Objectives of the land use study
- The objectives of the land use study are to identify ways the final safe, stable and sustainable rehabilitated sites can support productive and high-quality land uses
- A social history study is also being undertaken to inform the land use study.
About the Latrobe Valley Regional Rehabilitation Strategy
The Latrobe Valley Regional Rehabilitation Strategy (LVRRS) is being led by the Department of Jobs, Precincts and Regions in partnership with the Department of Environment, Land, Water and Planning.
The land use study is an input to the LVRRS, the government’s response to the findings of the 2015 Hazelwood Mine Fire Inquiry (HMFI).
The HMFI found that there were significant uncertainties around the closure and rehabilitation of the Latrobe Valley’s three brown coal mines.
The Board of Inquiry found that, with the current knowledge available, some form of pit lake was the most viable rehabilitation option for the mine voids, but that there remain many unresolved answers concerning the possibility of a pit lake scenario.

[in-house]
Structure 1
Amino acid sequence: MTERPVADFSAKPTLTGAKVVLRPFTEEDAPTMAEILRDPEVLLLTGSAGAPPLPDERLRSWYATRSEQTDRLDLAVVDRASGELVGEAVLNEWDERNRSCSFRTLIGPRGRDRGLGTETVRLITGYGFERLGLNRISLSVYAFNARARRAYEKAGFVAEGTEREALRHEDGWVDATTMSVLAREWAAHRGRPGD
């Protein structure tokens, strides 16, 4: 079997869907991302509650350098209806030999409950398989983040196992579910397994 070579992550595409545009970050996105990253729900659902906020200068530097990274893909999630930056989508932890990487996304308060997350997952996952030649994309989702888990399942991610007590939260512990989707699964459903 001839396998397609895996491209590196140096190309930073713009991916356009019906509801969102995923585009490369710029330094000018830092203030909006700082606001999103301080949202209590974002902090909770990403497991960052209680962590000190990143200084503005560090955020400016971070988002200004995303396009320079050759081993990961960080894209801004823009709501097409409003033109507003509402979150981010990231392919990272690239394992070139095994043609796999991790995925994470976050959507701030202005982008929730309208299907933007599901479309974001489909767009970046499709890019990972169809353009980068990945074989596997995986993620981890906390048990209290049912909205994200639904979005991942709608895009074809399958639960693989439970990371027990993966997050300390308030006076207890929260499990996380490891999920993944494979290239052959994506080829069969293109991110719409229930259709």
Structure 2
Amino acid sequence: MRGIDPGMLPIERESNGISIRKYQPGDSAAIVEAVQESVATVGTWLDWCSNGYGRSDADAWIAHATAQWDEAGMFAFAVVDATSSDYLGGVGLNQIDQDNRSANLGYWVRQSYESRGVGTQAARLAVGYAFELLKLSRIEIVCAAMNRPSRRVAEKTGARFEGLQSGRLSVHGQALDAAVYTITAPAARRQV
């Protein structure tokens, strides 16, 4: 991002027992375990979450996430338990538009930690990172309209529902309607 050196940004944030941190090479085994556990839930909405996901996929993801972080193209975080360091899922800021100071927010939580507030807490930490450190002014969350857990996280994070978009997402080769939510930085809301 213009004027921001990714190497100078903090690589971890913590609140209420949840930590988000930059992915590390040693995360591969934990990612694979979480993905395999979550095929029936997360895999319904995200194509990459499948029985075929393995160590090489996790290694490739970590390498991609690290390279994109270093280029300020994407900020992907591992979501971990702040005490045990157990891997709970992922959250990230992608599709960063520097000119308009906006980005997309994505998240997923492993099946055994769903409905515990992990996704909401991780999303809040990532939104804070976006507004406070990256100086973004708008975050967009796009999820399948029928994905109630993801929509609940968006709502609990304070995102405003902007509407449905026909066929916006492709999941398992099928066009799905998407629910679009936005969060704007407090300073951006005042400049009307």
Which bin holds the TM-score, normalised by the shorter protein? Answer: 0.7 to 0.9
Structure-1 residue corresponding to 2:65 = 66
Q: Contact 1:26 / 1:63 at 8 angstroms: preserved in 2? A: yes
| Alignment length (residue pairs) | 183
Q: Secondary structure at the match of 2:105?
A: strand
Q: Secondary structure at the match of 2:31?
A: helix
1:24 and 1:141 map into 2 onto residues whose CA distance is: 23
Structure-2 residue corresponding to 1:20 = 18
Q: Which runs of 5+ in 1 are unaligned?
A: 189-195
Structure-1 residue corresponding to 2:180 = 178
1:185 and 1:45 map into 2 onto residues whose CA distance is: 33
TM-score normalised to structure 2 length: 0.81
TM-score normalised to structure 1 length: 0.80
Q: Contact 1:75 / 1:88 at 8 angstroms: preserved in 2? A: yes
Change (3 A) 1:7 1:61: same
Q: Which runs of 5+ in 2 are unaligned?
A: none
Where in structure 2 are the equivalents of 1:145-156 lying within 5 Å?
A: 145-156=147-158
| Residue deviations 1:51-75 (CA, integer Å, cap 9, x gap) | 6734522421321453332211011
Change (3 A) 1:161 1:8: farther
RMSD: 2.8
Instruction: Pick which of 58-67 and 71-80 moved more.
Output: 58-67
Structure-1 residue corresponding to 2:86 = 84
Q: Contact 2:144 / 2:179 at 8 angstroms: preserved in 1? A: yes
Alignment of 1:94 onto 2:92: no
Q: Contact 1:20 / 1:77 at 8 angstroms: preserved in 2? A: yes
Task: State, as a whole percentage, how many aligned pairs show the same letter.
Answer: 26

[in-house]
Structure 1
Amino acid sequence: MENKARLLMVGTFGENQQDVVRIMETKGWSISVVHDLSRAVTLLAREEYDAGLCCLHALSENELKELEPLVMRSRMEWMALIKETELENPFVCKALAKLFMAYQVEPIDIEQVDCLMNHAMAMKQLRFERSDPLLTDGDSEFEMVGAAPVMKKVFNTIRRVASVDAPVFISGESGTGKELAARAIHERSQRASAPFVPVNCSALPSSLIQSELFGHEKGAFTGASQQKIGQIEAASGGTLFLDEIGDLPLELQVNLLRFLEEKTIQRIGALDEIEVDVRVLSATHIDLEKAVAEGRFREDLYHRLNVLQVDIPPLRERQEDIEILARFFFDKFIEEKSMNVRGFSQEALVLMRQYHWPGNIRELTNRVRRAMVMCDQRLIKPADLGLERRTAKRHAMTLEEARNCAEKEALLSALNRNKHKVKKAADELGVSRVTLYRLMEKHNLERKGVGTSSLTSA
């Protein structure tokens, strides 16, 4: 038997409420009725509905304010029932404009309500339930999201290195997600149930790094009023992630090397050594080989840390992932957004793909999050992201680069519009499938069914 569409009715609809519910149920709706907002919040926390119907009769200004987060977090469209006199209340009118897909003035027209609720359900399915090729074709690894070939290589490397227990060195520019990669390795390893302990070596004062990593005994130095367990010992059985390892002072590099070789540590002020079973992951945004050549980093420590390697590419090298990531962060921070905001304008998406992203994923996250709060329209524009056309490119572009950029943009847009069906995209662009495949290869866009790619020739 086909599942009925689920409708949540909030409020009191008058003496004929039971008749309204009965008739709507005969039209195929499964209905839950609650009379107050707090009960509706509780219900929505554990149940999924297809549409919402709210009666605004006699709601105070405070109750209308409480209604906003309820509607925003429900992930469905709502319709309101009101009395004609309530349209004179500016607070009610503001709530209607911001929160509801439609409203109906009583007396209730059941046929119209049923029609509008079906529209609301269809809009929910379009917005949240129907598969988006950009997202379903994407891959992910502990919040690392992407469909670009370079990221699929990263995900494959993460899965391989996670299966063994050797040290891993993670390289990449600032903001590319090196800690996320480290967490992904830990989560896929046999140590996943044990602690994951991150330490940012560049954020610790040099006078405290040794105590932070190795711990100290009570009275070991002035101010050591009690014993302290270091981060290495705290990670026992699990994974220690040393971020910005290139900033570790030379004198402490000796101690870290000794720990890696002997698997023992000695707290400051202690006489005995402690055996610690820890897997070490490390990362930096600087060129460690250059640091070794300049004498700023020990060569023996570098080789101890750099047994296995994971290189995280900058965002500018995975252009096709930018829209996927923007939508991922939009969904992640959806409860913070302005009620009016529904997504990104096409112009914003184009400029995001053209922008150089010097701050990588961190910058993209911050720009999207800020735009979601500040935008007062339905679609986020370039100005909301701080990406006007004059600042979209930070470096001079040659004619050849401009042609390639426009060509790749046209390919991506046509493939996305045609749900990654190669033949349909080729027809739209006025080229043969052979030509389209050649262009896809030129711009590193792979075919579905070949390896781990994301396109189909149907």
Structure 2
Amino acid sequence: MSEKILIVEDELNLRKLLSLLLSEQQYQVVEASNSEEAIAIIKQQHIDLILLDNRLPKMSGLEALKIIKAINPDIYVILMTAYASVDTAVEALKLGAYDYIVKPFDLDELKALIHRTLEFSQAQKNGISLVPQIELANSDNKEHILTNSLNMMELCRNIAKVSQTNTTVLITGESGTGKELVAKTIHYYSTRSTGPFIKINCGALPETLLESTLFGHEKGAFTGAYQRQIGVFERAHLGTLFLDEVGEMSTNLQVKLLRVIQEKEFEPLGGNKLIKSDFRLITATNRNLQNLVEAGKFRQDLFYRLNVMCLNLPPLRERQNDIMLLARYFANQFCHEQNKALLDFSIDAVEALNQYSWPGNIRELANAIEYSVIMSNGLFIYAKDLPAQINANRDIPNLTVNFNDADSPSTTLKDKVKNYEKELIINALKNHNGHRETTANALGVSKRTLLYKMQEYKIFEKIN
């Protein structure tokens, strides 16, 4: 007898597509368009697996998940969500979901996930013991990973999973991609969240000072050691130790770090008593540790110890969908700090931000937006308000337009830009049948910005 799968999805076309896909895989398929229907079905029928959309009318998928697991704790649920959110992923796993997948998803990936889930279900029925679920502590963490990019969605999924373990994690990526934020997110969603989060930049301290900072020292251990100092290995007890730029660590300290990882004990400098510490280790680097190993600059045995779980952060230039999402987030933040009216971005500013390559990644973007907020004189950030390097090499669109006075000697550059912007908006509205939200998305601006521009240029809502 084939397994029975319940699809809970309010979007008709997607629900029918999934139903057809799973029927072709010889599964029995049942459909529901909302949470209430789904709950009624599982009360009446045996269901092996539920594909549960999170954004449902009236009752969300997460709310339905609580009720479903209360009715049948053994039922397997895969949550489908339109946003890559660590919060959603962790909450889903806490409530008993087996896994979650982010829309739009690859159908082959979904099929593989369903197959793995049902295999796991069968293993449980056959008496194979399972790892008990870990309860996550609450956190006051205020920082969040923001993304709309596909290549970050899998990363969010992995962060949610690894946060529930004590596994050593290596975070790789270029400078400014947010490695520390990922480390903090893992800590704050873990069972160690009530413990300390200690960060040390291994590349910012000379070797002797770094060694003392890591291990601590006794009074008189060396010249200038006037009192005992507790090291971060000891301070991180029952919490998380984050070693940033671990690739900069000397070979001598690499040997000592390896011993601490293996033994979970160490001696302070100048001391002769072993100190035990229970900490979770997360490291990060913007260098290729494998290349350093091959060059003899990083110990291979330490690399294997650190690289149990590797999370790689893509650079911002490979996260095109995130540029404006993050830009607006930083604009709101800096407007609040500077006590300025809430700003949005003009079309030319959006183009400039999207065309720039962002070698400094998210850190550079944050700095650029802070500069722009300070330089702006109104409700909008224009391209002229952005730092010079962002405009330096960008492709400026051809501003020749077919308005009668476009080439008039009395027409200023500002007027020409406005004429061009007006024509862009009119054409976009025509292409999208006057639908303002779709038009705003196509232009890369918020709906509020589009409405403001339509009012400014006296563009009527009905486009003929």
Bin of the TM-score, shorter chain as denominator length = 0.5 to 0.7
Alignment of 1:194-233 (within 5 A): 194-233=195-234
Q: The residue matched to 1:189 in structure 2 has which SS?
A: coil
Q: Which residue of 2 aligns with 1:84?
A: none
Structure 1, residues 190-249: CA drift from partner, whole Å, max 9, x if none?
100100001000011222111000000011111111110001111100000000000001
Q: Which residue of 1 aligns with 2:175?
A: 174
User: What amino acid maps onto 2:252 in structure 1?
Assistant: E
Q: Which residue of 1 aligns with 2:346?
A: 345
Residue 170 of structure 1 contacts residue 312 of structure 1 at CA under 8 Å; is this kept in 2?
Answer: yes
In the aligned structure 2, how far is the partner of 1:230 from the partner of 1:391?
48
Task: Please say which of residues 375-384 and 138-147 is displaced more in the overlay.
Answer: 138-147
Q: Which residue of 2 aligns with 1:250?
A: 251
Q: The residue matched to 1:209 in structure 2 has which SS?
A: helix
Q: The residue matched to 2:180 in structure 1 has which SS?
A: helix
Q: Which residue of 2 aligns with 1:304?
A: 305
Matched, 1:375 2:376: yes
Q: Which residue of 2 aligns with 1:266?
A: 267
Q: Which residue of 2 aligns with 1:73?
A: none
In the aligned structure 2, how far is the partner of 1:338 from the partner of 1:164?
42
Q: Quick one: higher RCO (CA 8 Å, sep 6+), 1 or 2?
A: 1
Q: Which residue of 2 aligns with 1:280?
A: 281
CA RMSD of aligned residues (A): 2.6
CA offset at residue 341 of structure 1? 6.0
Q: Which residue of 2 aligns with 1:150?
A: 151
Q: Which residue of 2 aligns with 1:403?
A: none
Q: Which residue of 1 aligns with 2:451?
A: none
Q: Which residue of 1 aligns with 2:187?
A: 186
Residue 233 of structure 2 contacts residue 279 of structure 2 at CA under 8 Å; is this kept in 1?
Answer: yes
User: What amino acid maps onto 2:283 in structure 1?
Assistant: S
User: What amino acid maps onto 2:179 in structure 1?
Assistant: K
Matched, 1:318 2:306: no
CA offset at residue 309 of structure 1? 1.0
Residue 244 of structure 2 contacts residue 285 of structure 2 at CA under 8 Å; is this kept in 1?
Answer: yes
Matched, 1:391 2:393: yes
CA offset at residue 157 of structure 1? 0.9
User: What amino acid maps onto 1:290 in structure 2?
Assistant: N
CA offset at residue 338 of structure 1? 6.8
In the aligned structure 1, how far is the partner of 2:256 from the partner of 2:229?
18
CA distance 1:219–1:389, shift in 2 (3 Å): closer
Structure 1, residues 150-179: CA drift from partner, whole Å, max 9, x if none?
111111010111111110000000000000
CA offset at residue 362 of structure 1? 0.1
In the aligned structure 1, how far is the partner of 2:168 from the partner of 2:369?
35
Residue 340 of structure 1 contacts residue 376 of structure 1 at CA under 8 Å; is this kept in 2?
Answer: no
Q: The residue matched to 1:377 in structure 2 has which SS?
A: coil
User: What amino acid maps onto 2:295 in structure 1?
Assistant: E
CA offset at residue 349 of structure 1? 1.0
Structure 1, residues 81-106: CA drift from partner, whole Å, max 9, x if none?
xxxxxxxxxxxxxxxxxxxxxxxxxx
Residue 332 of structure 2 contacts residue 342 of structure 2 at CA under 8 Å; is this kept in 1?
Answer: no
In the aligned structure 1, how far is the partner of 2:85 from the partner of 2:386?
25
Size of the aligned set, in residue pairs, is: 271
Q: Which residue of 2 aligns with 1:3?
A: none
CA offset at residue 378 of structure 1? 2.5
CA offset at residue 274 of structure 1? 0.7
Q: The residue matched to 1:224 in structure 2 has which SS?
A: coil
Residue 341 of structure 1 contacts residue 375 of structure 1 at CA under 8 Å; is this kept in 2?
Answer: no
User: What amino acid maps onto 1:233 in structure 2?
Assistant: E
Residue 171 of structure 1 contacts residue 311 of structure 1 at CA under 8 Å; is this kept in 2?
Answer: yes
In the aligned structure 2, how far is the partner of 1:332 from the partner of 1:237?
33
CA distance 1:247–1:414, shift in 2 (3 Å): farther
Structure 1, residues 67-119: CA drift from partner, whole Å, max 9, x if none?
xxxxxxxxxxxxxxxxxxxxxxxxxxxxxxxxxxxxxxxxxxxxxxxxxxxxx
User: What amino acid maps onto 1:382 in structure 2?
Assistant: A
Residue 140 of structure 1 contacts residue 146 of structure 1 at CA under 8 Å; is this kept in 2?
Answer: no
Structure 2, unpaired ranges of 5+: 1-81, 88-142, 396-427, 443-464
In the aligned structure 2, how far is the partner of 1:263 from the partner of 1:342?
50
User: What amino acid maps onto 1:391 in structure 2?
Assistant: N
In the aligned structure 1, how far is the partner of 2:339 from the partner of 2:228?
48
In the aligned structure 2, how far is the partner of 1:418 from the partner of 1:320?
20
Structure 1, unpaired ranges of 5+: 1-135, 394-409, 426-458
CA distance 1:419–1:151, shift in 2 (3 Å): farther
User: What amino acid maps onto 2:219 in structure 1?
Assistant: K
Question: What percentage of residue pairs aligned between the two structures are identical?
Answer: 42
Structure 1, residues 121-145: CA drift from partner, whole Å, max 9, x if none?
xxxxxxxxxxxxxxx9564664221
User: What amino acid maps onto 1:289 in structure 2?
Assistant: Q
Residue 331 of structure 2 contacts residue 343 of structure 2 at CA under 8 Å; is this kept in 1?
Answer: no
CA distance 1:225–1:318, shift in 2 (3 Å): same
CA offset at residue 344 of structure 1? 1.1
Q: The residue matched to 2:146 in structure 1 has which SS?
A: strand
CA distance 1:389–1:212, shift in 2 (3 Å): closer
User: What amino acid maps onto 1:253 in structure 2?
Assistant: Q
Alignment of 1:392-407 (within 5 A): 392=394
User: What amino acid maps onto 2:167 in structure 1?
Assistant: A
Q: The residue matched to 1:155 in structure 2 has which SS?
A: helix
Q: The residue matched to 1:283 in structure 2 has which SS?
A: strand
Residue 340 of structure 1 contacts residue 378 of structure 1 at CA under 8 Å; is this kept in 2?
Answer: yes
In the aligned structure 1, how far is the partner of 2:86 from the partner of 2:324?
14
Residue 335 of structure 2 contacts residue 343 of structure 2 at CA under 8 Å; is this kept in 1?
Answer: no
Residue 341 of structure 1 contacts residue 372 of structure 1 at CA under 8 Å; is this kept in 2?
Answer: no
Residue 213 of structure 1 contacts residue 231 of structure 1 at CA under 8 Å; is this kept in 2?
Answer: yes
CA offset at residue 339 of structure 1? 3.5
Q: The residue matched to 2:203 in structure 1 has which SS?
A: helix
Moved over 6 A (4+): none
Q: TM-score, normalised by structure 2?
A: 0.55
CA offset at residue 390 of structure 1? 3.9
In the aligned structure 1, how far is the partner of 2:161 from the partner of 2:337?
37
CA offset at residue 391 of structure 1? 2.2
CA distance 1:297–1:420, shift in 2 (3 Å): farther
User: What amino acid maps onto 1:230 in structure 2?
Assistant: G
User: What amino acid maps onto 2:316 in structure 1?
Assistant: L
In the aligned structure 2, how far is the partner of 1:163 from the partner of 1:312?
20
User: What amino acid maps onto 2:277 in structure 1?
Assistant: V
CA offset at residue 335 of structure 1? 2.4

- Working with local community members, the Department of Environment, Land, Water and Planning (DELWP) has now completed the report, 'Latrobe Valley Social History - Celebrating and recognising the Latrobe Valley's history and heritage'. DELWP will now use information gathered to help identify opportunities for the interpretation and celebration of the Latrobe Valley’s history and heritage. Digital copies are available to download within the 'Social History' tab above. Physical copies will be made available in the region's libraries.
- DELWP has listened to feedback from a number of people and developed a draft Preliminary Land Use Vision to transform the Latrobe Valley mine areas. We want to hear your thoughts on how the rehabilitated mine areas can help transform the Latrobe Valley into a more sustainable, productive, prosperous and liveable region. We invite the community and stakeholders to provide feedback on the Vision at Engage Victoria.
- DELWP has worked with key stakeholders through 2018 and 2019 to develop a ‘preliminary vision’ for future land use outcomes for rehabilitated mine areas in the Latrobe Valley. This page will be updated soon outlining next steps for the ‘preliminary vision’.